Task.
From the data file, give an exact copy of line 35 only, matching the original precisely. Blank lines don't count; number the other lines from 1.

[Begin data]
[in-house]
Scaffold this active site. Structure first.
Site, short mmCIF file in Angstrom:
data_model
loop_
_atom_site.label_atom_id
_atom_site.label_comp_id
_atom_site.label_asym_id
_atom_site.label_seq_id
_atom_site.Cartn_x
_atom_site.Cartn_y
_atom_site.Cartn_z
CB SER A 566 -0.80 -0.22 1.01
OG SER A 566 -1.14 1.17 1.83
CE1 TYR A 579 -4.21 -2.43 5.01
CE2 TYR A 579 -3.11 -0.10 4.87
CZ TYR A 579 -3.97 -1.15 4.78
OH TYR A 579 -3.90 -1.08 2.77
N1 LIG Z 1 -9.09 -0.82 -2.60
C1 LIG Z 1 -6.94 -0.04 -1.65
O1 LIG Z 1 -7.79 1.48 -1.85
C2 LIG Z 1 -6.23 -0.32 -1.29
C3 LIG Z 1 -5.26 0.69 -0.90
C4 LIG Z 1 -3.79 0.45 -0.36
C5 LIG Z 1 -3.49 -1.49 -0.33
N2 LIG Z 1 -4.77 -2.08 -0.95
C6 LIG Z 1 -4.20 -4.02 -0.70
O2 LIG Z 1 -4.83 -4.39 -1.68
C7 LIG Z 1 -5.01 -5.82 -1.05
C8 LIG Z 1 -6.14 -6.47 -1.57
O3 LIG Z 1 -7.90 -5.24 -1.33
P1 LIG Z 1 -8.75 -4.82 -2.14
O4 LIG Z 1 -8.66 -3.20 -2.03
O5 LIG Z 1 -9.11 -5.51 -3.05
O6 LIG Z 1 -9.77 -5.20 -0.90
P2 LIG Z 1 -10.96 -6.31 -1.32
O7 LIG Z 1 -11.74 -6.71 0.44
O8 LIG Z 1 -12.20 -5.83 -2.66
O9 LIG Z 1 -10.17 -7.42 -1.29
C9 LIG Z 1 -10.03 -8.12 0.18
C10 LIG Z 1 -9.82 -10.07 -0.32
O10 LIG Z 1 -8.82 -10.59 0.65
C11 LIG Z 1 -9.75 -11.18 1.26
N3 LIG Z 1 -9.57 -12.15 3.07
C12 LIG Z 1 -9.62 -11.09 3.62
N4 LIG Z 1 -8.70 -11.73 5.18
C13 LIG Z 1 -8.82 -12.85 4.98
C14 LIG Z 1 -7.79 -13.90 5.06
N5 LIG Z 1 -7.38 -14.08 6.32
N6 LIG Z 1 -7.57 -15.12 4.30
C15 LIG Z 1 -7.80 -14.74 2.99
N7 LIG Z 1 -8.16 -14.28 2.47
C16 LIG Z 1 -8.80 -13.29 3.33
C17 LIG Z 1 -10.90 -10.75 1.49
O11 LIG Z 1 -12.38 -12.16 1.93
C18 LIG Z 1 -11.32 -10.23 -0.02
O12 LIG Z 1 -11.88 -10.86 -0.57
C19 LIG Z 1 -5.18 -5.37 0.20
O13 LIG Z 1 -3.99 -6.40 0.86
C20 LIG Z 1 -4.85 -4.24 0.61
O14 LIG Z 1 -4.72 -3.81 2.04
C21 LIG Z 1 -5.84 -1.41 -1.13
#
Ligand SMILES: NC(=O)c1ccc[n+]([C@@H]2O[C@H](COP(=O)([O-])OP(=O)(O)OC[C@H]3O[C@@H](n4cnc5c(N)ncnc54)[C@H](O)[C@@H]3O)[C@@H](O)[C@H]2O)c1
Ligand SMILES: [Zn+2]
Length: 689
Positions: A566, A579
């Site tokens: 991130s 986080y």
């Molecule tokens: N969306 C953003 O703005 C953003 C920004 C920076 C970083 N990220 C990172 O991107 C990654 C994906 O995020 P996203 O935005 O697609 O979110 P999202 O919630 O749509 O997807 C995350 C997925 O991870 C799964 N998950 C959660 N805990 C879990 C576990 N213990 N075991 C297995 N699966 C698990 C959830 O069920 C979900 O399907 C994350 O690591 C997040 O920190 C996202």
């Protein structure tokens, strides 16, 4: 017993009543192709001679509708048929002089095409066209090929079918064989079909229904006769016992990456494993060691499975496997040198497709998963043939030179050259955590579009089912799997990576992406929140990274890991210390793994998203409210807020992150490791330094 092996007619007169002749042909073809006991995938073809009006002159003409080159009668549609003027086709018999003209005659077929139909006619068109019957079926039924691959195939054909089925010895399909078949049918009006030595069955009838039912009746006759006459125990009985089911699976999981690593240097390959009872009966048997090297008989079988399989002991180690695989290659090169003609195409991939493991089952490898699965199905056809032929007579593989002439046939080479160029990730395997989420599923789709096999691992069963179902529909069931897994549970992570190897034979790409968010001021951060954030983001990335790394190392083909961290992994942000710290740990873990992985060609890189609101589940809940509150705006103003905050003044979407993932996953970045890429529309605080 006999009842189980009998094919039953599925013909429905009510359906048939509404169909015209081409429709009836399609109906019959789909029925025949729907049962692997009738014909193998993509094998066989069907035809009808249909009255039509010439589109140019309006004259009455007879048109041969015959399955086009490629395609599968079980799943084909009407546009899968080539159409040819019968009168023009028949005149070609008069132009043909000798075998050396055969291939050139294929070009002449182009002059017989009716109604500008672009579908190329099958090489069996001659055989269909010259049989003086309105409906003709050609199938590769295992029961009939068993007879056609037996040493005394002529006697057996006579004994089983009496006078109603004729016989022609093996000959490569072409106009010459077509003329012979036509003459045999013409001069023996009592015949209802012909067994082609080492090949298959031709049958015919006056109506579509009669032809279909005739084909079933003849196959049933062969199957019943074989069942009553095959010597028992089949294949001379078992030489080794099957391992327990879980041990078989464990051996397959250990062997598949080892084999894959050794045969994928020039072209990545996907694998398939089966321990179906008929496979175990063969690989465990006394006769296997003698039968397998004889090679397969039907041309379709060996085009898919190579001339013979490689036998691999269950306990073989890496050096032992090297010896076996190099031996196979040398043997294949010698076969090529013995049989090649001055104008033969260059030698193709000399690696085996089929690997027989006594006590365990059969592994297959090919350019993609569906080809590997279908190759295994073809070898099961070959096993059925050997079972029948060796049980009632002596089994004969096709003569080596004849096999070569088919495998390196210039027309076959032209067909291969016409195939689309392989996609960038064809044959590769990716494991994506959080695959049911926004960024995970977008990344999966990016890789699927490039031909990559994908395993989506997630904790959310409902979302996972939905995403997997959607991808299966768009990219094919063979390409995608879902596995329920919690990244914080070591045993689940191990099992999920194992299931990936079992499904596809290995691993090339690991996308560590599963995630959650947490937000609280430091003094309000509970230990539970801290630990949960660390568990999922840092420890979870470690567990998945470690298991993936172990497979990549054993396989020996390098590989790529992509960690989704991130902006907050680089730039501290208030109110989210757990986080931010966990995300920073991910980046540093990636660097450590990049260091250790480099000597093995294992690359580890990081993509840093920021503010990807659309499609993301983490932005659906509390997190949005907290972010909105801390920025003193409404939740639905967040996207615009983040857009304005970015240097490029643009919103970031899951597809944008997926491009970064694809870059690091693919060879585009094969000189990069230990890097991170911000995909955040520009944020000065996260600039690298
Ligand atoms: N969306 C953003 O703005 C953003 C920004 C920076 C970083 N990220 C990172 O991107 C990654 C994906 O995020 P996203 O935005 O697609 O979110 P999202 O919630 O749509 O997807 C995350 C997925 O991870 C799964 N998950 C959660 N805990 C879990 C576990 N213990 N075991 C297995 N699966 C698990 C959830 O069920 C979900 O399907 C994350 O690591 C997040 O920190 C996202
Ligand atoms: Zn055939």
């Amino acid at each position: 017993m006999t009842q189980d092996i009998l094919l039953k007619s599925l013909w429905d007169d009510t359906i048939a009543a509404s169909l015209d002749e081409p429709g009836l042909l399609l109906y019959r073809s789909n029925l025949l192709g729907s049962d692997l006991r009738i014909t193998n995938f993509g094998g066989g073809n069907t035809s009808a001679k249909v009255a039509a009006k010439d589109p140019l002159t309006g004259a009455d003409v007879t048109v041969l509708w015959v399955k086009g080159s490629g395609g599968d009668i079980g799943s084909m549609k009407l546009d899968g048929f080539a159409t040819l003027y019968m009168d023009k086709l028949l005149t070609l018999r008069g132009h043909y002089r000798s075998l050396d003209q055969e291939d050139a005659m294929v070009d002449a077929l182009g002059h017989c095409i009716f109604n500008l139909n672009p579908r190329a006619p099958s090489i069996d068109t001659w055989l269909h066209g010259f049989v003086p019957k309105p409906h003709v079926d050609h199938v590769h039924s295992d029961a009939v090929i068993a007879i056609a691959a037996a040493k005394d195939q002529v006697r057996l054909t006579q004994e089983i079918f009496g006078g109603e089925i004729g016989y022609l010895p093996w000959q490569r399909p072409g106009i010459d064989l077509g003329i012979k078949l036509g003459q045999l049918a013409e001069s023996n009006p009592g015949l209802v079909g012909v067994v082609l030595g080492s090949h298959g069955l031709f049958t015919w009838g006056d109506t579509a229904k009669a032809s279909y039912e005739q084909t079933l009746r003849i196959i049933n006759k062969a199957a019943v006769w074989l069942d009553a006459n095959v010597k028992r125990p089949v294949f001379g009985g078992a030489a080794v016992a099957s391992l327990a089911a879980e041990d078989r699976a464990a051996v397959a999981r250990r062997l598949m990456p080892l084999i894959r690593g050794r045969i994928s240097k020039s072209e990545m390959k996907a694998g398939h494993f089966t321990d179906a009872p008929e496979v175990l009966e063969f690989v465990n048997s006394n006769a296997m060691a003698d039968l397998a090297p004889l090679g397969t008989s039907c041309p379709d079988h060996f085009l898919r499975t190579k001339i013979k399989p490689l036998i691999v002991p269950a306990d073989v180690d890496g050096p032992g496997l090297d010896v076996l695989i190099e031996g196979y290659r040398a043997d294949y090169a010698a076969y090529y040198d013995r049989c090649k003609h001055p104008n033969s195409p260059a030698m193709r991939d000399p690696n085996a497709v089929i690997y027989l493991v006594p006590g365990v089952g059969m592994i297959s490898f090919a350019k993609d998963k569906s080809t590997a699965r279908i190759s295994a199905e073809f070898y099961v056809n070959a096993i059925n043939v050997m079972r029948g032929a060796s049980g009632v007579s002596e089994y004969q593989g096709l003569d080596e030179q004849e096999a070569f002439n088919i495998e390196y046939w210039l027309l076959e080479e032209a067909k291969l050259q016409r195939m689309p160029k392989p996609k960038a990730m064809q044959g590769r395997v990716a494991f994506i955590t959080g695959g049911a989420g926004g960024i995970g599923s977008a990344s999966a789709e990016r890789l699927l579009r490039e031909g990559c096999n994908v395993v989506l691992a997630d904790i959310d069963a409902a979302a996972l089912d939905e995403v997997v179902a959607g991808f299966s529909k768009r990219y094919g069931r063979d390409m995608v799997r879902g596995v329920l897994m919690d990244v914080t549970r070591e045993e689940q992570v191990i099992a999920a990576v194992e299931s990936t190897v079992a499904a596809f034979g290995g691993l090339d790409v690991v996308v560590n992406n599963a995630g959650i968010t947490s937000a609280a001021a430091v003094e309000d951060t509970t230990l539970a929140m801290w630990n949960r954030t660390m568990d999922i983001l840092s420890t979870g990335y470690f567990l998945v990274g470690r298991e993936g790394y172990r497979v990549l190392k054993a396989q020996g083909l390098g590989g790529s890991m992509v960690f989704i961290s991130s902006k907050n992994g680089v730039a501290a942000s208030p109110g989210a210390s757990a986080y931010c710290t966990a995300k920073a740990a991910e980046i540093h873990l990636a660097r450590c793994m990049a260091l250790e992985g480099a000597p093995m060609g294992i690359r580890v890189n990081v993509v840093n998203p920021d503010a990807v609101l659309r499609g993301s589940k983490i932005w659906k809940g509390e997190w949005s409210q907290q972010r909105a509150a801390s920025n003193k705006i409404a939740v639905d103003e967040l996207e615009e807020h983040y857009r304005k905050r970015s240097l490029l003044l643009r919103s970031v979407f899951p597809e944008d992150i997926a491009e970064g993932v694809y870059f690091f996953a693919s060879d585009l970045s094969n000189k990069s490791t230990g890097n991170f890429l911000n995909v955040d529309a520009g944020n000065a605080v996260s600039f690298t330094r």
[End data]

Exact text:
O6 LIG Z 1 -9.77 -5.20 -0.90